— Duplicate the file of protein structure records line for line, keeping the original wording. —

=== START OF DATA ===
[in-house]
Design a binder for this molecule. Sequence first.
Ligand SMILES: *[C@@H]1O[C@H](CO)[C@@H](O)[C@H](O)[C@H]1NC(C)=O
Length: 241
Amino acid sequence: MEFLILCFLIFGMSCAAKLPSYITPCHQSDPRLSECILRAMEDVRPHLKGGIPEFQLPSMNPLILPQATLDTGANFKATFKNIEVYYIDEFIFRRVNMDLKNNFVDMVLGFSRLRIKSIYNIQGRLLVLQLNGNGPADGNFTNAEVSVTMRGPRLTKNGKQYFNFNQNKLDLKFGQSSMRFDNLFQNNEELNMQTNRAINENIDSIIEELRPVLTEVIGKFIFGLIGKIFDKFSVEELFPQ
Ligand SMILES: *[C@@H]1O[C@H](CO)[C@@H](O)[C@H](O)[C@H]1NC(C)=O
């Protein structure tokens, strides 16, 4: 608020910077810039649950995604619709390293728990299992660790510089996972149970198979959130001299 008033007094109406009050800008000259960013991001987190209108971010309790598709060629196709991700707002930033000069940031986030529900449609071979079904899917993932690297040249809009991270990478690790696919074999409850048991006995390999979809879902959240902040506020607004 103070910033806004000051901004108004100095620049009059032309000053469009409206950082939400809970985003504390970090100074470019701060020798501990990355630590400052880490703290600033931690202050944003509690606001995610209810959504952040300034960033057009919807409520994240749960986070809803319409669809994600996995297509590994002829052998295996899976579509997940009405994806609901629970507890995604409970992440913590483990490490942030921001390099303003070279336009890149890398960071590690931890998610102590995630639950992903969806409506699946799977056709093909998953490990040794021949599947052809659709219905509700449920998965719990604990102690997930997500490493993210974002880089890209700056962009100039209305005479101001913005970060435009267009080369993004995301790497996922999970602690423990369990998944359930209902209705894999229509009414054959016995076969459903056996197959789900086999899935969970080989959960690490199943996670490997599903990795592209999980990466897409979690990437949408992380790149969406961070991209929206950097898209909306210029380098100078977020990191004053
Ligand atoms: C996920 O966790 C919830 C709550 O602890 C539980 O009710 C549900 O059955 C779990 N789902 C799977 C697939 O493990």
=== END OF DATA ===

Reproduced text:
[in-house]
Design a binder for this molecule. Sequence first.
Ligand SMILES: *[C@@H]1O[C@H](CO)[C@@H](O)[C@H](O)[C@H]1NC(C)=O
Length: 241
Amino acid sequence: MEFLILCFLIFGMSCAAKLPSYITPCHQSDPRLSECILRAMEDVRPHLKGGIPEFQLPSMNPLILPQATLDTGANFKATFKNIEVYYIDEFIFRRVNMDLKNNFVDMVLGFSRLRIKSIYNIQGRLLVLQLNGNGPADGNFTNAEVSVTMRGPRLTKNGKQYFNFNQNKLDLKFGQSSMRFDNLFQNNEELNMQTNRAINENIDSIIEELRPVLTEVIGKFIFGLIGKIFDKFSVEELFPQ
Ligand SMILES: *[C@@H]1O[C@H](CO)[C@@H](O)[C@H](O)[C@H]1NC(C)=O
């Protein structure tokens, strides 16, 4: 608020910077810039649950995604619709390293728990299992660790510089996972149970198979959130001299 008033007094109406009050800008000259960013991001987190209108971010309790598709060629196709991700707002930033000069940031986030529900449609071979079904899917993932690297040249809009991270990478690790696919074999409850048991006995390999979809879902959240902040506020607004 103070910033806004000051901004108004100095620049009059032309000053469009409206950082939400809970985003504390970090100074470019701060020798501990990355630590400052880490703290600033931690202050944003509690606001995610209810959504952040300034960033057009919807409520994240749960986070809803319409669809994600996995297509590994002829052998295996899976579509997940009405994806609901629970507890995604409970992440913590483990490490942030921001390099303003070279336009890149890398960071590690931890998610102590995630639950992903969806409506699946799977056709093909998953490990040794021949599947052809659709219905509700449920998965719990604990102690997930997500490493993210974002880089890209700056962009100039209305005479101001913005970060435009267009080369993004995301790497996922999970602690423990369990998944359930209902209705894999229509009414054959016995076969459903056996197959789900086999899935969970080989959960690490199943996670490997599903990795592209999980990466897409979690990437949408992380790149969406961070991209929206950097898209909306210029380098100078977020990191004053
Ligand atoms: C996920 O966790 C919830 C709550 O602890 C539980 O009710 C549900 O059955 C779990 N789902 C799977 C697939 O493990």